Many styles of jewelry have been experimented with over the years to get flat skin to “take” jewelry, and keep it in, without rejecting. Different ideas were tried—including curved barbells, flexible Tygon or PTFE, and even rings and straight posts—before the surface barbell was introduced in the mid-1990s.
A surface barbell is a variation on the straight barbell, bent into a staple shape (and often flat in the middle). The “uplifts” on the ends are of varying length, depending on the thickness of the tissue in the area being pierced. Flat discs are usually the best option for ends, at least for healing, but more ornate pieces can also be threaded onto the bars, such as small balls or flat gemstones. Surface bars that have 90-degree angled edges and height appropriate for the tissue pierced (which is generally between 1/16” and 1/8”) tend to work best. Some bottoms are flat, others are rounded; however, which is used is usually the individual piercers’ preference. Regardless, the shape of the surface bar that works best is one that does not put a lot of pressure on the piercing.
Surface bars generally work best for nape, horizontal piercings under the navel, and for some facial piercings—areas where distance does not change side-to-side. Surface bars tend to be more “stable”—with a better chance of long-term success—than surface anchors, so if a surface bar will work for the area, it’s usually a better choice than an anchor.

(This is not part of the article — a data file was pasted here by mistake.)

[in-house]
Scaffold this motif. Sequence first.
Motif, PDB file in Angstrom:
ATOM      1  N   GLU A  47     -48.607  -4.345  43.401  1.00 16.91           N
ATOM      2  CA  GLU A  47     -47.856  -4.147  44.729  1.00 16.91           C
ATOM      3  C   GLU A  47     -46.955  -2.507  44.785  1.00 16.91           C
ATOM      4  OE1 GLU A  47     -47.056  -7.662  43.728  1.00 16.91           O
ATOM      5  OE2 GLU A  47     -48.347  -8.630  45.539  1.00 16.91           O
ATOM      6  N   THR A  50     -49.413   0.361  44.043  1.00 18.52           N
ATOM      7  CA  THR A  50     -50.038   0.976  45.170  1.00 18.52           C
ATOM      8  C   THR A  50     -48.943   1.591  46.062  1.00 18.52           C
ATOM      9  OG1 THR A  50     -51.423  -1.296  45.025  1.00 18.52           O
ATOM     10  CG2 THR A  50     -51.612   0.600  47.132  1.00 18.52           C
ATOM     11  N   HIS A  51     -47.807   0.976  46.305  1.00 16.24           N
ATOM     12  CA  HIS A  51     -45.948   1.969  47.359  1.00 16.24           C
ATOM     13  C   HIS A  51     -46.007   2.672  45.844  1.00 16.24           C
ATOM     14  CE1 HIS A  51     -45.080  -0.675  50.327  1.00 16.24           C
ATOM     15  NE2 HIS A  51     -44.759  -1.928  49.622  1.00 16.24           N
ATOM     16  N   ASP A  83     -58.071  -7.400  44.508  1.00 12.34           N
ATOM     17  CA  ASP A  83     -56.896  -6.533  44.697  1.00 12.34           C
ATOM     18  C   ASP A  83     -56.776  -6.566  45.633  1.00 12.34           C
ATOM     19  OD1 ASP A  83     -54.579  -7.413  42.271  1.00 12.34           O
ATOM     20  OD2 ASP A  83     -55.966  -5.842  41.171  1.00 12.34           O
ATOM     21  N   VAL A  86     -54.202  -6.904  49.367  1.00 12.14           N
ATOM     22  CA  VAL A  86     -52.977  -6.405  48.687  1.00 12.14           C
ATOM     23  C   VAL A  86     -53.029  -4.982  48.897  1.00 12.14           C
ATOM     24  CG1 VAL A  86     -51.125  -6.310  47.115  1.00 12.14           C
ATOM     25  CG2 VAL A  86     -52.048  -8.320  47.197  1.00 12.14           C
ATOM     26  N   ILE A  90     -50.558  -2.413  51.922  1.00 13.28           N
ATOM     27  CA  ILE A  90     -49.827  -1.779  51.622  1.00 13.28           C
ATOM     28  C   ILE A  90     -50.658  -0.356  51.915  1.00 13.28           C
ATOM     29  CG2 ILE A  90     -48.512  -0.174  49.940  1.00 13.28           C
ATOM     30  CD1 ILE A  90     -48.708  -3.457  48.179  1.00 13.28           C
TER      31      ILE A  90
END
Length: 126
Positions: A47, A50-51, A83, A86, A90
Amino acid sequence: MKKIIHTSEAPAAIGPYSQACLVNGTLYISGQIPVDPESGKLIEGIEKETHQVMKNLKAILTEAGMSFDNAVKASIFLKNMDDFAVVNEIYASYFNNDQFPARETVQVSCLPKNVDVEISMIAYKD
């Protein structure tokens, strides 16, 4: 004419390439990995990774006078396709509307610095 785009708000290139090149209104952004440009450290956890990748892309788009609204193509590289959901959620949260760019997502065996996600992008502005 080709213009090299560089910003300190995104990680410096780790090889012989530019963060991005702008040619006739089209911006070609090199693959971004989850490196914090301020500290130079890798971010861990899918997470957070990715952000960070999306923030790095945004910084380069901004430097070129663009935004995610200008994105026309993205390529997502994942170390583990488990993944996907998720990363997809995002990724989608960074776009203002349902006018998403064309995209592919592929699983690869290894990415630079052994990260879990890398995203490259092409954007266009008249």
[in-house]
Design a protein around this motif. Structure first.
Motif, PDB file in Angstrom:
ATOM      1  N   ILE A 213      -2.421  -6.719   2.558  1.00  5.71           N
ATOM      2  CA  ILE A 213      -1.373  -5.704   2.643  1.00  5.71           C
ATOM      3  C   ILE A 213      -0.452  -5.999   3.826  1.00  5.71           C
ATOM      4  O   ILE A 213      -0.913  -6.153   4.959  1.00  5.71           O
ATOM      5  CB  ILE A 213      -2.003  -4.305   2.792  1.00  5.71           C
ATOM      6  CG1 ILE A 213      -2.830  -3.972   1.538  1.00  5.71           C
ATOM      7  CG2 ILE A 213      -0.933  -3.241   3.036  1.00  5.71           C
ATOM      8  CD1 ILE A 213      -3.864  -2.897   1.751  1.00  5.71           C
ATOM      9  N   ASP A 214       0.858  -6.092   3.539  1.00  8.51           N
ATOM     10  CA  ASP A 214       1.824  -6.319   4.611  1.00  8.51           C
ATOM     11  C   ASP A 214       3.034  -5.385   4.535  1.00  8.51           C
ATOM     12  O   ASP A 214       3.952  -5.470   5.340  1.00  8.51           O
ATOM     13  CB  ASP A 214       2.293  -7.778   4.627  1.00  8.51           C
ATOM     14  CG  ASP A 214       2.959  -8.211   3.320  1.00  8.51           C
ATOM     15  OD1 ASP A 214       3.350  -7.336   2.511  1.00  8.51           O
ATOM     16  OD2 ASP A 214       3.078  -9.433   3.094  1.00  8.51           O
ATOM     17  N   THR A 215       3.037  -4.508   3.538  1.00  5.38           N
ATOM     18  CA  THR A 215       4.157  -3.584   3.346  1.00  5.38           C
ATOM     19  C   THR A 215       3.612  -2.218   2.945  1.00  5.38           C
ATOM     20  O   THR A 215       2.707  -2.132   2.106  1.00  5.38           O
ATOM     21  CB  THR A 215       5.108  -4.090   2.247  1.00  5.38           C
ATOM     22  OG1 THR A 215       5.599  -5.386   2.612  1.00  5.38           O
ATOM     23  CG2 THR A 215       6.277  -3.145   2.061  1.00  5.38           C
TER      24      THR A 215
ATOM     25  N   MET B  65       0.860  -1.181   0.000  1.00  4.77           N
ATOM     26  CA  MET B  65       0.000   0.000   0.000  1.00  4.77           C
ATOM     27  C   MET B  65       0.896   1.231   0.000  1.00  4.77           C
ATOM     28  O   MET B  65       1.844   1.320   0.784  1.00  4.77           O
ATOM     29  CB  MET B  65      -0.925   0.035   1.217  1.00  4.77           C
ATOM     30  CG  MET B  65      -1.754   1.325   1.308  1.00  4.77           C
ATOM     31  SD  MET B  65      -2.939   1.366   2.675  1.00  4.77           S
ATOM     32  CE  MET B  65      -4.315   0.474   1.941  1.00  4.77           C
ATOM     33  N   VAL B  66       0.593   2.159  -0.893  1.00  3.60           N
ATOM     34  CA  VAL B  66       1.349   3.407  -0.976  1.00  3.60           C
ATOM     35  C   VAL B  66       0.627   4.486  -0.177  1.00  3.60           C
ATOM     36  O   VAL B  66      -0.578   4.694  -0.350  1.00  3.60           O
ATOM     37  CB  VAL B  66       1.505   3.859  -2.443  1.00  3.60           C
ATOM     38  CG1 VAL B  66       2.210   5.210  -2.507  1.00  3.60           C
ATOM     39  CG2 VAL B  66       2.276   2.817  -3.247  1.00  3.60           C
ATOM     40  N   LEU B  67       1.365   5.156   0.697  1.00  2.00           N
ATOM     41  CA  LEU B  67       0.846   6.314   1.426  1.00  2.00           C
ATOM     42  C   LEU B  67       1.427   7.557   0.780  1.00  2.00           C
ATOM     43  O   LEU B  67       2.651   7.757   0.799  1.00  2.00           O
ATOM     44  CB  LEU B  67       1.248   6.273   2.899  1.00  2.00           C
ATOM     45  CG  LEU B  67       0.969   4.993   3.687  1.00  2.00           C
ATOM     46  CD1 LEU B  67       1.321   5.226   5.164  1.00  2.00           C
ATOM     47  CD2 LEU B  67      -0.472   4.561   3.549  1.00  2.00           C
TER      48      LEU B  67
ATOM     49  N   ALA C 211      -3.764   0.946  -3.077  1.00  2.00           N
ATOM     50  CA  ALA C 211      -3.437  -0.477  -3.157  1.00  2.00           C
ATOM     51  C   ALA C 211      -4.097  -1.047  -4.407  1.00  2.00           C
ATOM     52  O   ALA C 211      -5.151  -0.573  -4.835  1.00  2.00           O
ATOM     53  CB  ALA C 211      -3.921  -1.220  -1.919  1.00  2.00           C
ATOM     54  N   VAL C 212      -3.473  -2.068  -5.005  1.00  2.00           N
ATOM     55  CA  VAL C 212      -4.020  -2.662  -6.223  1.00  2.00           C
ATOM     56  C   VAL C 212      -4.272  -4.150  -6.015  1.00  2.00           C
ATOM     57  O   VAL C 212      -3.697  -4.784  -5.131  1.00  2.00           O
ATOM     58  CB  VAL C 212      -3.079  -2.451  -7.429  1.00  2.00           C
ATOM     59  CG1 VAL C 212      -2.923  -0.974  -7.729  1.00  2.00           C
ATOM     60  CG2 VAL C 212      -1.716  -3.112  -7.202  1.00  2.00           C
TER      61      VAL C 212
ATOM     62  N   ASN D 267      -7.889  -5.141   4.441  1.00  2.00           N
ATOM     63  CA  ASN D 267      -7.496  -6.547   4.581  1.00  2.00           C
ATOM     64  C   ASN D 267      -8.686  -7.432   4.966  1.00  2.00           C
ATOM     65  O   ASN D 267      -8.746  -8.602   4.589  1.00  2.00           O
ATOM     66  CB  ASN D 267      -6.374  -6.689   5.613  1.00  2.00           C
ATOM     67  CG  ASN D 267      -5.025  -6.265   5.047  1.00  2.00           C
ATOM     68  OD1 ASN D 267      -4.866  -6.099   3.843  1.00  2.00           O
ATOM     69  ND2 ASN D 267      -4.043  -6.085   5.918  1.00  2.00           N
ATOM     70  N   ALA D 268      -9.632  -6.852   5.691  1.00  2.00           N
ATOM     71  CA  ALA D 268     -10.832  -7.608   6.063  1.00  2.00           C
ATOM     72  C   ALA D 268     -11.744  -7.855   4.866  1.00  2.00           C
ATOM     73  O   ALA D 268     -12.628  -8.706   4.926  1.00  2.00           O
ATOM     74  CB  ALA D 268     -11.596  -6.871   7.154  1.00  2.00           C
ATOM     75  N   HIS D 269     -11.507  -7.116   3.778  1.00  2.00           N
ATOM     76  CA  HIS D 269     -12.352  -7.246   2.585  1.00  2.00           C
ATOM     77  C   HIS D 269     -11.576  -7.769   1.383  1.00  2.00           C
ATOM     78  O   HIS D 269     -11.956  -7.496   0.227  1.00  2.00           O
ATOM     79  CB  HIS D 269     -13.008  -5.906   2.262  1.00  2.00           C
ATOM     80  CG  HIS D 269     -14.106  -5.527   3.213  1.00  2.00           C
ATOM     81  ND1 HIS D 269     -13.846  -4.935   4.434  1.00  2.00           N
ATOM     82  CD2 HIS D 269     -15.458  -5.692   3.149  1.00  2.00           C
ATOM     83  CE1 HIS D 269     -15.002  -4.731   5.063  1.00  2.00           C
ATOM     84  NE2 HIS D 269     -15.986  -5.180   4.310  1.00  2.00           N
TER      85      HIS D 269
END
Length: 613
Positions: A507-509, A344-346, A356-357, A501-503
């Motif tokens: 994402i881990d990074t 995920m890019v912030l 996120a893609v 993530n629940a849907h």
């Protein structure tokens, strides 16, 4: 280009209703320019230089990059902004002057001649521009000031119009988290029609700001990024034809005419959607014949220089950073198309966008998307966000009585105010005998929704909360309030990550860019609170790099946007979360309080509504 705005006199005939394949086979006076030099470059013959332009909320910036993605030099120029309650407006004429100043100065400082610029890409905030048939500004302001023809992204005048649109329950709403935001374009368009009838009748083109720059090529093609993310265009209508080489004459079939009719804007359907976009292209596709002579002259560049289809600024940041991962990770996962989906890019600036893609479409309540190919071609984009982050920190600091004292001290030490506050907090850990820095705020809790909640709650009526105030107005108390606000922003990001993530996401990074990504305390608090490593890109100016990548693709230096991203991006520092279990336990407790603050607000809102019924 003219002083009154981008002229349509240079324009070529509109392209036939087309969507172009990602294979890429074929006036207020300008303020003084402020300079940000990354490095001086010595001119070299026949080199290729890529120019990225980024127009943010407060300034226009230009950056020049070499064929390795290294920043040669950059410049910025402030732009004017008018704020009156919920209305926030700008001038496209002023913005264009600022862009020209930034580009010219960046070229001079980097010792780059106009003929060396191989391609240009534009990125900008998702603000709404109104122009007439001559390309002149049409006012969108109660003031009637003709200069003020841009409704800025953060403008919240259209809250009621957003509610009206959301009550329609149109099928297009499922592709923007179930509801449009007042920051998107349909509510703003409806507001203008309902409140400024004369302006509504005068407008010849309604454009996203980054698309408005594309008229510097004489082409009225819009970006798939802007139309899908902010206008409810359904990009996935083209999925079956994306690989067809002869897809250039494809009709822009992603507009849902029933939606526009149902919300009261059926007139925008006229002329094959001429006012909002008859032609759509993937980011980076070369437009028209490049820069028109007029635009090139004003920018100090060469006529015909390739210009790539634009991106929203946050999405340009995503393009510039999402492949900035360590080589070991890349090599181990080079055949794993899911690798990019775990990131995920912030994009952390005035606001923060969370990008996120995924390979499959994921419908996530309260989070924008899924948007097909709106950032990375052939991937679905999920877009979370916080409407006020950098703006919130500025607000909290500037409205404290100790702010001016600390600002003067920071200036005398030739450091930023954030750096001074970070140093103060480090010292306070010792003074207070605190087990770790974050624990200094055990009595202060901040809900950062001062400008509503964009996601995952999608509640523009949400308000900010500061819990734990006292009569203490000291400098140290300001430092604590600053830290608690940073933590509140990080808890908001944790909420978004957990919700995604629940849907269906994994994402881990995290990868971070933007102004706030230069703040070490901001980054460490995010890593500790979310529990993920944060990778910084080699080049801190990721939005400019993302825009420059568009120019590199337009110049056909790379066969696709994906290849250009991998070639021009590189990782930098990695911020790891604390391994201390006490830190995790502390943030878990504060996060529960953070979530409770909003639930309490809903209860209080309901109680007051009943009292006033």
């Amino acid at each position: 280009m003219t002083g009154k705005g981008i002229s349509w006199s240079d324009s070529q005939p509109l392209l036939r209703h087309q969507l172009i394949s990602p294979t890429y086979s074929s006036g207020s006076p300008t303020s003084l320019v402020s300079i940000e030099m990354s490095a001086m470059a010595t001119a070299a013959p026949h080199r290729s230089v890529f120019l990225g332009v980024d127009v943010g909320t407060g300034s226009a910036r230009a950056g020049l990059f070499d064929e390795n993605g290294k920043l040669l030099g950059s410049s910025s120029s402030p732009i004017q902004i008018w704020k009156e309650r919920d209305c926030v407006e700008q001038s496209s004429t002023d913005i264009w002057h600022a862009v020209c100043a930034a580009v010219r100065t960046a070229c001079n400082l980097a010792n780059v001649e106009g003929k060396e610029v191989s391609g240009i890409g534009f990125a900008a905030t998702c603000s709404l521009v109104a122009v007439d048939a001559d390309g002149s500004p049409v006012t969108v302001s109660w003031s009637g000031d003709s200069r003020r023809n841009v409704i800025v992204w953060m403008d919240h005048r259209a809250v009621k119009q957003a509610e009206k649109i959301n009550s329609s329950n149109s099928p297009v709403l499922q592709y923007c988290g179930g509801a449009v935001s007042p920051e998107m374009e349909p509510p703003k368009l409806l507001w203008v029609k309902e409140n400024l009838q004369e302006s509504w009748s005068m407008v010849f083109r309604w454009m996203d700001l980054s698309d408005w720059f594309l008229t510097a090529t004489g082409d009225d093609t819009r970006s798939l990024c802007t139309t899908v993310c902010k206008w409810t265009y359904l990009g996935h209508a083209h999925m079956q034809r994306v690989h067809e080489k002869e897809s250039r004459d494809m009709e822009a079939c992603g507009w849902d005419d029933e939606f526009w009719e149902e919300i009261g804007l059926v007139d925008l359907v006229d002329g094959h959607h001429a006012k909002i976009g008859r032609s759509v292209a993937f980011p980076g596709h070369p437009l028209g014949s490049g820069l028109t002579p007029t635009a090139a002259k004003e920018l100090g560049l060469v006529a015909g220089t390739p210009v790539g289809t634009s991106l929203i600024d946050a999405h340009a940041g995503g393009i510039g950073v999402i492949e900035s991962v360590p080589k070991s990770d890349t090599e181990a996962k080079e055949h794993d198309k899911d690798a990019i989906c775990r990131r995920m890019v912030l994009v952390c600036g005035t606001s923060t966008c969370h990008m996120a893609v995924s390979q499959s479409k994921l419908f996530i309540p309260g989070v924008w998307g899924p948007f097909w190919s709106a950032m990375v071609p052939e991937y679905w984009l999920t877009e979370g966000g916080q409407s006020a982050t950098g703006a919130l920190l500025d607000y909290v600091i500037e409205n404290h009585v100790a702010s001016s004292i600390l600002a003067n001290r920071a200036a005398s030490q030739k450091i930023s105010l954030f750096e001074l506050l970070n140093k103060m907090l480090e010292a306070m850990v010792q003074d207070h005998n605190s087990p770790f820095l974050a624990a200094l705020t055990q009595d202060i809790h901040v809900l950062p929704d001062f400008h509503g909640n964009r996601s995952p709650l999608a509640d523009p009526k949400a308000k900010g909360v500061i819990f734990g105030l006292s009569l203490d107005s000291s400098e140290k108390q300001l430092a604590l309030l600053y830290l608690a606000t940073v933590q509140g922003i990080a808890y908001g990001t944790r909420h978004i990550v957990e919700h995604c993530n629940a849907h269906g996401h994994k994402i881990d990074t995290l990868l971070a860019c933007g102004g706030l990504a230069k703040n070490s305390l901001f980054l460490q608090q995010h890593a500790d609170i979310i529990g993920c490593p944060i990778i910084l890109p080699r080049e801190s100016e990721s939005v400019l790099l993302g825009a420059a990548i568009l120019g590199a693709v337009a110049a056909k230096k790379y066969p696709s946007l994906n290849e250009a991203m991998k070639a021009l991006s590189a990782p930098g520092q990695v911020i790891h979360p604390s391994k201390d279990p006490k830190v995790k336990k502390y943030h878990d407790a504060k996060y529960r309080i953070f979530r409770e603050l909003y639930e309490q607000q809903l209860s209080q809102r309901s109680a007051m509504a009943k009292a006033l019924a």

The care for surface piercings is the same as with most other piercings; the only difference is that healing times can be much longer, and that surface piercings can be a little trickier to keep clean—especially if it’s on the back of your neck! A consistent aftercare regimen is crucial, and you should plan on a good solid year for healing surface piercings—with shorter or longer healing times depending on the length of the piercing and where it is on the body. (For more information on surface piercing aftercare, click here.)
One final note: Even once these piercings are healed there is a chance that the body will reject it, and that the piercing will be temporary. If you’re looking for a permanent piercing, a surface piercing may not be your best choice, but if you’re looking for something a little different you’ve come to the right place.